Liam Denning is a Bloomberg Gadfly columnist covering energy, mining and commodities. He previously was the editor of the Wall Street Journal's "Heard on the Street" column. Before that, he wrote for the Financial Times' Lex column. He has also worked as an investment banker and consultant.

Baker Hughes is enjoying the single life.

In the six months since its $34 billion merger with Halliburton was called off, Baker Hughes has been remaking itself. Walking away with a $3.5 billion break-up fee from its erstwhile suitor certainly helped. But the real improvements have been all of Baker Hughes' own making.

Exhibit A, revealed in Tuesday's earnings report, is a 30 percent bump to the oilfield services' company's annual cost-savings target. That was set in May at $500 million, but Baker Hughes reached $600 million in savings by the third quarter, and it expects to hit $650 million by year end. Taxed and capitalized at 10 times, that extra Ebitda is worth roughly $1 billion. Investors added double that to Baker Hughes' market cap on Tuesday morning, though.

Round Trip
Baker Hughes' market cap is now where it was around the time its deal with Halliburton was announced
Source: Bloomberg

Those extra savings should translate into higher profit forecasts. Assuming analysts had not baked in any more than the original $500 million target, just adding $150 million to consensus Ebitda forecasts makes a big difference to Baker Hughes' relative value:

Peer Pressure
Baker Hughes' Ebitda multiples look more in line with peers when adjusted for the additional cost savings
Source: Bloomberg, Bloomberg Gadfly analysis.
Note: Enterprise value as a multiple of forecast Ebitda. Baker Hughes (pro forma) data reflect consensus Ebitda forecasts plus $150 million per year.

The underlying philosophy is just as important. When Baker Hughes broke it off with Halliburton, it made it clear that going back to business as usual wouldn't work. Lower-for-longer oil prices and shorter investment cycles due to the increased role of shale production required a more flexible approach -- a theme now echoed across the oilfield services sector.

Apart from cutting costs, Baker Hughes is partnering with local services firms in certain markets where it can provide expertise and technology and, helpfully, indulge governments that want to nurture a domestic service industry of their own rather than just bring in foreign contractors all the time.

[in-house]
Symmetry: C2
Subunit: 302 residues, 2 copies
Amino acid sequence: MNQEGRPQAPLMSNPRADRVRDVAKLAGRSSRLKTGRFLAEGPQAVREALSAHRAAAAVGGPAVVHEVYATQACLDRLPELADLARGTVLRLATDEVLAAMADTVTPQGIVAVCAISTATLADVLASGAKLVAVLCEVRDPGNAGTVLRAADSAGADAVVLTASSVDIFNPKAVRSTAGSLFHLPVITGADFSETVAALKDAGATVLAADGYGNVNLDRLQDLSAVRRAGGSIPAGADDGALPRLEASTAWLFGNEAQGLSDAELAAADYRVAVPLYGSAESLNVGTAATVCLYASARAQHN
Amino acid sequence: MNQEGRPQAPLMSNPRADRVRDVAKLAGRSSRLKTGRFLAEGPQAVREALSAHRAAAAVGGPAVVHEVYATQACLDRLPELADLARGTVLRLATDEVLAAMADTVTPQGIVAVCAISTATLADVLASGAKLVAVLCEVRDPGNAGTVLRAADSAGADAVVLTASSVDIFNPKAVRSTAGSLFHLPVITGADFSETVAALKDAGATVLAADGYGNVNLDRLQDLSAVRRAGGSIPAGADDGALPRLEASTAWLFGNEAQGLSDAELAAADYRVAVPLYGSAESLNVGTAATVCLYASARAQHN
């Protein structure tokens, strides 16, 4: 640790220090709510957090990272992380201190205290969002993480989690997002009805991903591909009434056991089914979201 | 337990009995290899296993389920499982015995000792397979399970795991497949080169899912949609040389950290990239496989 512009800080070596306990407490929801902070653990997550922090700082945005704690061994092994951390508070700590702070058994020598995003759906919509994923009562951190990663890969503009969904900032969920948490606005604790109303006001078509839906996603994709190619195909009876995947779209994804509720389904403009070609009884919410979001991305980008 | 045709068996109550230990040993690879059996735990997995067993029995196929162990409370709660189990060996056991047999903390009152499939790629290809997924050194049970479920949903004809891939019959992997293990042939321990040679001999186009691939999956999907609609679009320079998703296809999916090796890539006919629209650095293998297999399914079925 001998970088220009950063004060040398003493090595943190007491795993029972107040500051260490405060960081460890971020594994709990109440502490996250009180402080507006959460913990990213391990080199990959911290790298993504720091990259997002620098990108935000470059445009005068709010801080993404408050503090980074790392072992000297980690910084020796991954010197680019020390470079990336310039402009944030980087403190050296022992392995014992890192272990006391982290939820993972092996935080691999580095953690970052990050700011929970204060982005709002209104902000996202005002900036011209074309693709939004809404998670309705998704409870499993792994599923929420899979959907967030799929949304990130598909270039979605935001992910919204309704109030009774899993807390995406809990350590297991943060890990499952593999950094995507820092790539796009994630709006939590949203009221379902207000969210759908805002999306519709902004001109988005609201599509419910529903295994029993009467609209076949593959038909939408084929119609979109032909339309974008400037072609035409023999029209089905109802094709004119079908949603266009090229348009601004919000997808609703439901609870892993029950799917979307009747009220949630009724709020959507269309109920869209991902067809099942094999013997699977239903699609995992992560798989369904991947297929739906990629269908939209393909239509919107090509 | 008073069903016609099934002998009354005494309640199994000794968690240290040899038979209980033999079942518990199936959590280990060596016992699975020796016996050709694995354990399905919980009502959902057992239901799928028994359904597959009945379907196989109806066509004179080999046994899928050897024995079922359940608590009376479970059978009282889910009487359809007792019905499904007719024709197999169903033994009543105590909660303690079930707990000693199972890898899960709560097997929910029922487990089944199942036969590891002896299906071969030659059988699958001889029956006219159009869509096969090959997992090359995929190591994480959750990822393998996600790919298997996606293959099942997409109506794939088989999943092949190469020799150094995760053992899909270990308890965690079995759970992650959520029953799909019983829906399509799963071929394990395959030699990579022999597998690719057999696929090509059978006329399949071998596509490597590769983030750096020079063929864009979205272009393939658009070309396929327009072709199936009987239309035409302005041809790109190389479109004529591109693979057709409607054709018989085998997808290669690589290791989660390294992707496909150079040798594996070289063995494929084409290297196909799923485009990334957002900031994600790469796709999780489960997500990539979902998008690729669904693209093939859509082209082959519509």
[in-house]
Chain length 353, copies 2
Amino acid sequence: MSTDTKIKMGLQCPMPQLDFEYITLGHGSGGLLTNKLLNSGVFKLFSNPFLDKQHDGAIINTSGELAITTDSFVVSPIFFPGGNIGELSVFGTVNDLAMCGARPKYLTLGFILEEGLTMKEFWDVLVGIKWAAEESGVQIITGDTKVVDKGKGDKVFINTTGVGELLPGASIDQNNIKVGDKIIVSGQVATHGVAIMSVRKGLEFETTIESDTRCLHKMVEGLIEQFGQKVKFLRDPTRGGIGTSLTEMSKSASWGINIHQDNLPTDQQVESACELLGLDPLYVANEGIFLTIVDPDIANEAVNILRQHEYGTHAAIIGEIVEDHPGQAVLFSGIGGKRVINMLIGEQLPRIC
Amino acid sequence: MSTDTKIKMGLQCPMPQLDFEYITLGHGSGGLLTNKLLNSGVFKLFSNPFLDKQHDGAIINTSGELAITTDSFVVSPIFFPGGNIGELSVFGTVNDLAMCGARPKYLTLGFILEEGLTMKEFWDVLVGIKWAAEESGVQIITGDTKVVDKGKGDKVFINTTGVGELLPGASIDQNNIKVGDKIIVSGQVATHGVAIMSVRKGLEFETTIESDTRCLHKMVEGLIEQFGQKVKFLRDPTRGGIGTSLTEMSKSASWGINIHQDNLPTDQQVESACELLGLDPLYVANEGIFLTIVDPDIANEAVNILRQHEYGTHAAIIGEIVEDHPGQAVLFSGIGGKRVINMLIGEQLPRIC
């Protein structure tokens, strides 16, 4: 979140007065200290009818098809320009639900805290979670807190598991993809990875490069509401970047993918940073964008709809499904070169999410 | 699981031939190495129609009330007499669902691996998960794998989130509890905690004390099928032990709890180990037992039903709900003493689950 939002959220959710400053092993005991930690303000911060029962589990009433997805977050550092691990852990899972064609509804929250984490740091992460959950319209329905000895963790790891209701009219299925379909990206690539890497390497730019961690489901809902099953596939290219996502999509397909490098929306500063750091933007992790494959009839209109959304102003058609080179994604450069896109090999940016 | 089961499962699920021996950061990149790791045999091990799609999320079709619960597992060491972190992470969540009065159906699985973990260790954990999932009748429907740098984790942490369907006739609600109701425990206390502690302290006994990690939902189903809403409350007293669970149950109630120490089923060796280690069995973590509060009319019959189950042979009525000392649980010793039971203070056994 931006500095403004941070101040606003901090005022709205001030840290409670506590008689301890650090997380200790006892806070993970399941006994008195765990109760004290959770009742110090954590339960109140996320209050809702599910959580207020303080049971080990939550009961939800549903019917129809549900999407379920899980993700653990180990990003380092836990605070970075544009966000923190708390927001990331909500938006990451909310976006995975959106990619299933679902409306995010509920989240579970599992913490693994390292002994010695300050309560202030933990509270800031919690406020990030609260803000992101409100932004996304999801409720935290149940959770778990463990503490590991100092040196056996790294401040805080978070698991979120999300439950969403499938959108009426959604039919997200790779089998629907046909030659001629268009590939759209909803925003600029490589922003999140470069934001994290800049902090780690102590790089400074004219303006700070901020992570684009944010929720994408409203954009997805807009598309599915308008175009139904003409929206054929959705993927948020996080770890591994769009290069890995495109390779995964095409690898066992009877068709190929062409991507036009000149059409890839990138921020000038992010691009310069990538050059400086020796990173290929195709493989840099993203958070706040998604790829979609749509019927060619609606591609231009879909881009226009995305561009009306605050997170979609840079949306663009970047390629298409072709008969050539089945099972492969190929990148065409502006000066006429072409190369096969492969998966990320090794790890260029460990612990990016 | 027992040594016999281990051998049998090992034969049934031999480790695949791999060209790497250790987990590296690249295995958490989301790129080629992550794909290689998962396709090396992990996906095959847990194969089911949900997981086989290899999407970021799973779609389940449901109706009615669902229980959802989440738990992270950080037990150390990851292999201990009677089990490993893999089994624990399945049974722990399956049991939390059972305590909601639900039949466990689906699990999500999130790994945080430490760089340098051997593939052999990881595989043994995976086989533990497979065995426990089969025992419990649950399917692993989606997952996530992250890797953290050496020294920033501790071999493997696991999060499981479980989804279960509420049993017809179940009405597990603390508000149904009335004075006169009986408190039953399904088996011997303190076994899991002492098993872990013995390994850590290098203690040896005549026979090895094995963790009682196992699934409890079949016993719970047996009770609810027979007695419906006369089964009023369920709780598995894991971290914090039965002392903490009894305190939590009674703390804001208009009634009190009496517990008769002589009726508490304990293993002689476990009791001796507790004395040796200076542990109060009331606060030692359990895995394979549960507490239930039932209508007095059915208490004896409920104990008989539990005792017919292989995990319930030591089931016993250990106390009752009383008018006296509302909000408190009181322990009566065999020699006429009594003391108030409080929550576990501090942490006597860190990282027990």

This carries risks of its own, around making sure Baker Hughes captures an adequate proportion of the value in those sales channels and that its proprietary technology doesn't show up rebranded elsewhere. Yet the opportunity to expand the addressable market while keeping capital expenditure on full sales channels to a minimum looks worth it.

Besides maintaining flexibility, the key to thriving in this new environment is for oilfield services providers to showcase tools that can help their clients, the E&P companies, also do more with less. On this front, Baker Hughes has some clear advantages, for example in so-called artificial lift -- technology that squeezes more oil to the surface -- and its AutoTrak directional drilling systems. Baker Hughes believes the latter are exceptionally well-suited to the very long horizontal wells now being drilled in U.S. shale as, again, E&P companies aim to produce more oil, more quickly with their (constrained) investment budgets.

In addition to all this, and in marked contrast to virtually the entire energy sector, Baker Hughes has net cash on its balance sheet (thanks, Halliburton). Things are still tough out there, but Baker Hughes displays some formidable self-reliance.

This column does not necessarily reflect the opinion of Bloomberg LP and its owners.

To contact the author of this story:
Liam Denning in New York at

To contact the editor responsible for this story:
Mark Gongloff at